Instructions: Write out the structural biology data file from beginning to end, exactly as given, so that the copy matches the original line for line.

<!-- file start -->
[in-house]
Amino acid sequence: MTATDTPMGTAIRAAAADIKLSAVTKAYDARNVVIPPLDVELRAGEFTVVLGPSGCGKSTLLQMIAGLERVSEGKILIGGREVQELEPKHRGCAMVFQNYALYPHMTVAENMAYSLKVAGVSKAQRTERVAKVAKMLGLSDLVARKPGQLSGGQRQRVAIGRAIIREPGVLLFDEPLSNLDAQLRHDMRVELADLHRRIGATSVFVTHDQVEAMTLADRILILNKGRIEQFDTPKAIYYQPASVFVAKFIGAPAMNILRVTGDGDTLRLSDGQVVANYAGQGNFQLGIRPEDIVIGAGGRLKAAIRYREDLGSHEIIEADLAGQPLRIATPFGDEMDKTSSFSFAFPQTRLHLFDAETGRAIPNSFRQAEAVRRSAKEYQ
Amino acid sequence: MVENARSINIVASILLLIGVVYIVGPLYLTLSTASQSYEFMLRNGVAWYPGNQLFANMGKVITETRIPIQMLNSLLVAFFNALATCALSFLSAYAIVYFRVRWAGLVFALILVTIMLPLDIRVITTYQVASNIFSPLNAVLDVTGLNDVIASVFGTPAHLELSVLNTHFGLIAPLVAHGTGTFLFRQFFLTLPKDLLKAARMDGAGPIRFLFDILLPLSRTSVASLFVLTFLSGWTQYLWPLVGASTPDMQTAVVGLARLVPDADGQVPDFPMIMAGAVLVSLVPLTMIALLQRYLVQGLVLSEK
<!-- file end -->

[in-house]
Amino acid sequence: MTATDTPMGTAIRAAAADIKLSAVTKAYDARNVVIPPLDVELRAGEFTVVLGPSGCGKSTLLQMIAGLERVSEGKILIGGREVQELEPKHRGCAMVFQNYALYPHMTVAENMAYSLKVAGVSKAQRTERVAKVAKMLGLSDLVARKPGQLSGGQRQRVAIGRAIIREPGVLLFDEPLSNLDAQLRHDMRVELADLHRRIGATSVFVTHDQVEAMTLADRILILNKGRIEQFDTPKAIYYQPASVFVAKFIGAPAMNILRVTGDGDTLRLSDGQVVANYAGQGNFQLGIRPEDIVIGAGGRLKAAIRYREDLGSHEIIEADLAGQPLRIATPFGDEMDKTSSFSFAFPQTRLHLFDAETGRAIPNSFRQAEAVRRSAKEYQ
Amino acid sequence: MVENARSINIVASILLLIGVVYIVGPLYLTLSTASQSYEFMLRNGVAWYPGNQLFANMGKVITETRIPIQMLNSLLVAFFNALATCALSFLSAYAIVYFRVRWAGLVFALILVTIMLPLDIRVITTYQVASNIFSPLNAVLDVTGLNDVIASVFGTPAHLELSVLNTHFGLIAPLVAHGTGTFLFRQFFLTLPKDLLKAARMDGAGPIRFLFDILLPLSRTSVASLFVLTFLSGWTQYLWPLVGASTPDMQTAVVGLARLVPDADGQVPDFPMIMAGAVLVSLVPLTMIALLQRYLVQGLVLSEK